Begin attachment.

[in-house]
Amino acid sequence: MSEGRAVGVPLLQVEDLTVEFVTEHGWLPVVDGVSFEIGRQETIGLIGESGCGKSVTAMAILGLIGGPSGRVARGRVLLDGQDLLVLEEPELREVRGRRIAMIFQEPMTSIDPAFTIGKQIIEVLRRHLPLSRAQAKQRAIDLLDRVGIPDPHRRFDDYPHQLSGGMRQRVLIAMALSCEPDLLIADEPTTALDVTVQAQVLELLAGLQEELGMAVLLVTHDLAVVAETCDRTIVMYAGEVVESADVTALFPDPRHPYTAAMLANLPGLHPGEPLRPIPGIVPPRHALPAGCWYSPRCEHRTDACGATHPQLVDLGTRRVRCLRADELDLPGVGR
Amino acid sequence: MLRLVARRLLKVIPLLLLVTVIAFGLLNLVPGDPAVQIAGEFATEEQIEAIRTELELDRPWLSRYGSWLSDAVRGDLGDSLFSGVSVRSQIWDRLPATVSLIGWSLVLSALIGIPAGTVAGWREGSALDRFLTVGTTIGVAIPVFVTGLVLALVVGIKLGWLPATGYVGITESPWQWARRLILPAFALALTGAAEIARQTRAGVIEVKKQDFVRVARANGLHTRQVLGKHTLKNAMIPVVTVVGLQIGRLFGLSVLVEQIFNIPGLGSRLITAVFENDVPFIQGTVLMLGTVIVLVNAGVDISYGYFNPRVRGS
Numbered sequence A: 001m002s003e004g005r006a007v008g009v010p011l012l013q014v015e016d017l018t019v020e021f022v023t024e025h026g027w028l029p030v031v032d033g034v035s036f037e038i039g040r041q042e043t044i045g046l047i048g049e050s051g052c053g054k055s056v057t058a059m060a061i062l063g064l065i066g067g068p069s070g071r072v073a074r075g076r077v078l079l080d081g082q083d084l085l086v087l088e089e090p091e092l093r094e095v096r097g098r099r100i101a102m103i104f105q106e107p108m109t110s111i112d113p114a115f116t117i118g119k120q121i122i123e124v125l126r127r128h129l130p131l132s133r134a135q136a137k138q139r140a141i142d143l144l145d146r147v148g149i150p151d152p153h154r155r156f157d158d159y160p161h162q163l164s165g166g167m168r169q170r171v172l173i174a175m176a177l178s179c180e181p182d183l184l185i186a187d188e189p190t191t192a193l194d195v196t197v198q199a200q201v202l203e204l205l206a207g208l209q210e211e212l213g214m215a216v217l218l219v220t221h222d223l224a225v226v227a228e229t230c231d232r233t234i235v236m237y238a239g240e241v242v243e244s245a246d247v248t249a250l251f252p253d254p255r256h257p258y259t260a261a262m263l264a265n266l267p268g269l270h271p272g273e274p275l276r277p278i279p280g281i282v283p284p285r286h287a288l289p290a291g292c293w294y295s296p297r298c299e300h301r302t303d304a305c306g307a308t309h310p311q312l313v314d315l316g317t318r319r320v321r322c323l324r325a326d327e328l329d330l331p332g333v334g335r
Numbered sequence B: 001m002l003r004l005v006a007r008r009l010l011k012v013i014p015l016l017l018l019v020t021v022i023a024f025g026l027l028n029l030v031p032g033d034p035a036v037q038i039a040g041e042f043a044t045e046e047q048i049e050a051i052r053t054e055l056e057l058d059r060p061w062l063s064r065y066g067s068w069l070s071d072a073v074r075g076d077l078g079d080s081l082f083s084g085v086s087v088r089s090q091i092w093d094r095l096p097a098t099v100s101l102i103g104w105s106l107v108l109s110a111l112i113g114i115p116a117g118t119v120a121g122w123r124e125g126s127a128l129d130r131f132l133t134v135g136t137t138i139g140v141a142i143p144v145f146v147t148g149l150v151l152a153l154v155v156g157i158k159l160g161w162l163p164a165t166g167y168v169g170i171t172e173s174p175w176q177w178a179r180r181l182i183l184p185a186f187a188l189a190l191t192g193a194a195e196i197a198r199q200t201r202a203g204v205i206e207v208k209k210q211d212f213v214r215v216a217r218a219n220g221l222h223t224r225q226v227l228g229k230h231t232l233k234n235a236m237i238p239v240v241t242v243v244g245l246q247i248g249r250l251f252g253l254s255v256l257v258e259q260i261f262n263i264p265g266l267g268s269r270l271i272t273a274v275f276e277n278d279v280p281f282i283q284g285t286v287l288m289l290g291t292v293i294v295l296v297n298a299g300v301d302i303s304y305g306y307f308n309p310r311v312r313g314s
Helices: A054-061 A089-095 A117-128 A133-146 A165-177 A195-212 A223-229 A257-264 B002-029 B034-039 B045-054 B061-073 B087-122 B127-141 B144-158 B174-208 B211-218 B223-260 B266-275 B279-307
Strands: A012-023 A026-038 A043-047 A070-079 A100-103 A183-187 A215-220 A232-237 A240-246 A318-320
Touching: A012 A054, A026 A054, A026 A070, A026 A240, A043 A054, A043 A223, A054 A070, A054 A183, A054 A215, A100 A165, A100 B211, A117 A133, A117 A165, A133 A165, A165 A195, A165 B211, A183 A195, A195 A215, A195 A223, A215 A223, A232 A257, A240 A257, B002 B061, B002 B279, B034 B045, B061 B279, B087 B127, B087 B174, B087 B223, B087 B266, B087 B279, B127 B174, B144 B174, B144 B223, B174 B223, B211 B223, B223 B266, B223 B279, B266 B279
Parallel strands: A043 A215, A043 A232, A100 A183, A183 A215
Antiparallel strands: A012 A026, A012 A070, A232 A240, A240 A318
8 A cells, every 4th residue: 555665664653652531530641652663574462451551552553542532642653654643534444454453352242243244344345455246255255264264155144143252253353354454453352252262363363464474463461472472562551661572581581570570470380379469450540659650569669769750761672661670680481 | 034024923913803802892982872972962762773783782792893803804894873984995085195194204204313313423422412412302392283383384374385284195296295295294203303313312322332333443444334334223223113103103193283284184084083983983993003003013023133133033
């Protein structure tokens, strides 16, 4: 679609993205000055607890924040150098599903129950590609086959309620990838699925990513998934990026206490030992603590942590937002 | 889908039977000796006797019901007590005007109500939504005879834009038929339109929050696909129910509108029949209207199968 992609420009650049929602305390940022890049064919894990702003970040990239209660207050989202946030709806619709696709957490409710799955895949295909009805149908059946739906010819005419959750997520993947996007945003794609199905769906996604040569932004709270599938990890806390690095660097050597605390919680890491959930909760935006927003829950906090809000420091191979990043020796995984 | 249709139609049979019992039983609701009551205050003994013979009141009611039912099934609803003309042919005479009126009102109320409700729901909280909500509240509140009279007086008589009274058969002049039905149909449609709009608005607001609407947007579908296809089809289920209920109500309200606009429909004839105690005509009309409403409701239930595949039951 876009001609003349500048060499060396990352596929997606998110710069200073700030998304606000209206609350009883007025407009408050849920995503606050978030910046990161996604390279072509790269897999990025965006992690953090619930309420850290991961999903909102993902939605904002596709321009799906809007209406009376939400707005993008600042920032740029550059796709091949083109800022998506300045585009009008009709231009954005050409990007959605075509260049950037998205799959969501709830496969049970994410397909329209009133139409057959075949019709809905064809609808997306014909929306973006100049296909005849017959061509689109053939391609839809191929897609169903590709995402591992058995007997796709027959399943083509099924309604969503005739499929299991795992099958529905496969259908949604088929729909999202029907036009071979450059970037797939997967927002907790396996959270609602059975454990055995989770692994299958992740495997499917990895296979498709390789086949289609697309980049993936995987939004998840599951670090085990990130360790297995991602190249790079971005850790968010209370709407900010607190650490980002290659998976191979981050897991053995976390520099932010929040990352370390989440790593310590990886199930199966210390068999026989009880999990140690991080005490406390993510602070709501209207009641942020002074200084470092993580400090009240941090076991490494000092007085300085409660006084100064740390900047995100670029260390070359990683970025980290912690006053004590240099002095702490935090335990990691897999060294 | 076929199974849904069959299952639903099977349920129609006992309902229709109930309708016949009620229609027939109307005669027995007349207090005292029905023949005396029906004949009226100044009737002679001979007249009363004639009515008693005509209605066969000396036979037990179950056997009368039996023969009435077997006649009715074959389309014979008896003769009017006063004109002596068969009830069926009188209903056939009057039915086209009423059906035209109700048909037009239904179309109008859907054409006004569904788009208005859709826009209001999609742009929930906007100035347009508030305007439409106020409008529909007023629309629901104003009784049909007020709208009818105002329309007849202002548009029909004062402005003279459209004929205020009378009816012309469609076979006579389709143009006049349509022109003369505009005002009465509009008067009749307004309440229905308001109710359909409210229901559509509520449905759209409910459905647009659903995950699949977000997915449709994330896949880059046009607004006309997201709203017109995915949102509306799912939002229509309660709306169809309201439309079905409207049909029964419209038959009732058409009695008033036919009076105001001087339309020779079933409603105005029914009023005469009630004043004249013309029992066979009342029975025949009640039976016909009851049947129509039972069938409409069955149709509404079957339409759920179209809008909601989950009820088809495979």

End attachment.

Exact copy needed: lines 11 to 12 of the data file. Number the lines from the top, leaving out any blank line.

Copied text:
8 A cells, every 4th residue: 555665664653652531530641652663574462451551552553542532642653654643534444454453352242243244344345455246255255264264155144143252253353354454453352252262363363464474463461472472562551661572581581570570470380379469450540659650569669769750761672661670680481 | 034024923913803802892982872972962762773783782792893803804894873984995085195194204204313313423422412412302392283383384374385284195296295295294203303313312322332333443444334334223223113103103193283284184084083983983993003003013023133133033
């Protein structure tokens, strides 16, 4: 679609993205000055607890924040150098599903129950590609086959309620990838699925990513998934990026206490030992603590942590937002 | 889908039977000796006797019901007590005007109500939504005879834009038929339109929050696909129910509108029949209207199968 992609420009650049929602305390940022890049064919894990702003970040990239209660207050989202946030709806619709696709957490409710799955895949295909009805149908059946739906010819005419959750997520993947996007945003794609199905769906996604040569932004709270599938990890806390690095660097050597605390919680890491959930909760935006927003829950906090809000420091191979990043020796995984 | 249709139609049979019992039983609701009551205050003994013979009141009611039912099934609803003309042919005479009126009102109320409700729901909280909500509240509140009279007086008589009274058969002049039905149909449609709009608005607001609407947007579908296809089809289920209920109500309200606009429909004839105690005509009309409403409701239930595949039951 876009001609003349500048060499060396990352596929997606998110710069200073700030998304606000209206609350009883007025407009408050849920995503606050978030910046990161996604390279072509790269897999990025965006992690953090619930309420850290991961999903909102993902939605904002596709321009799906809007209406009376939400707005993008600042920032740029550059796709091949083109800022998506300045585009009008009709231009954005050409990007959605075509260049950037998205799959969501709830496969049970994410397909329209009133139409057959075949019709809905064809609808997306014909929306973006100049296909005849017959061509689109053939391609839809191929897609169903590709995402591992058995007997796709027959399943083509099924309604969503005739499929299991795992099958529905496969259908949604088929729909999202029907036009071979450059970037797939997967927002907790396996959270609602059975454990055995989770692994299958992740495997499917990895296979498709390789086949289609697309980049993936995987939004998840599951670090085990990130360790297995991602190249790079971005850790968010209370709407900010607190650490980002290659998976191979981050897991053995976390520099932010929040990352370390989440790593310590990886199930199966210390068999026989009880999990140690991080005490406390993510602070709501209207009641942020002074200084470092993580400090009240941090076991490494000092007085300085409660006084100064740390900047995100670029260390070359990683970025980290912690006053004590240099002095702490935090335990990691897999060294 | 076929199974849904069959299952639903099977349920129609006992309902229709109930309708016949009620229609027939109307005669027995007349207090005292029905023949005396029906004949009226100044009737002679001979007249009363004639009515008693005509209605066969000396036979037990179950056997009368039996023969009435077997006649009715074959389309014979008896003769009017006063004109002596068969009830069926009188209903056939009057039915086209009423059906035209109700048909037009239904179309109008859907054409006004569904788009208005859709826009209001999609742009929930906007100035347009508030305007439409106020409008529909007023629309629901104003009784049909007020709208009818105002329309007849202002548009029909004062402005003279459209004929205020009378009816012309469609076979006579389709143009006049349509022109003369505009005002009465509009008067009749307004309440229905308001109710359909409210229901559509509520449905759209409910459905647009659903995950699949977000997915449709994330896949880059046009607004006309997201709203017109995915949102509306799912939002229509309660709306169809309201439309079905409207049909029964419209038959009732058409009695008033036919009076105001001087339309020779079933409603105005029914009023005469009630004043004249013309029992066979009342029975025949009640039976016909009851049947129509039972069938409409069955149709509404079957339409759920179209809008909601989950009820088809495979």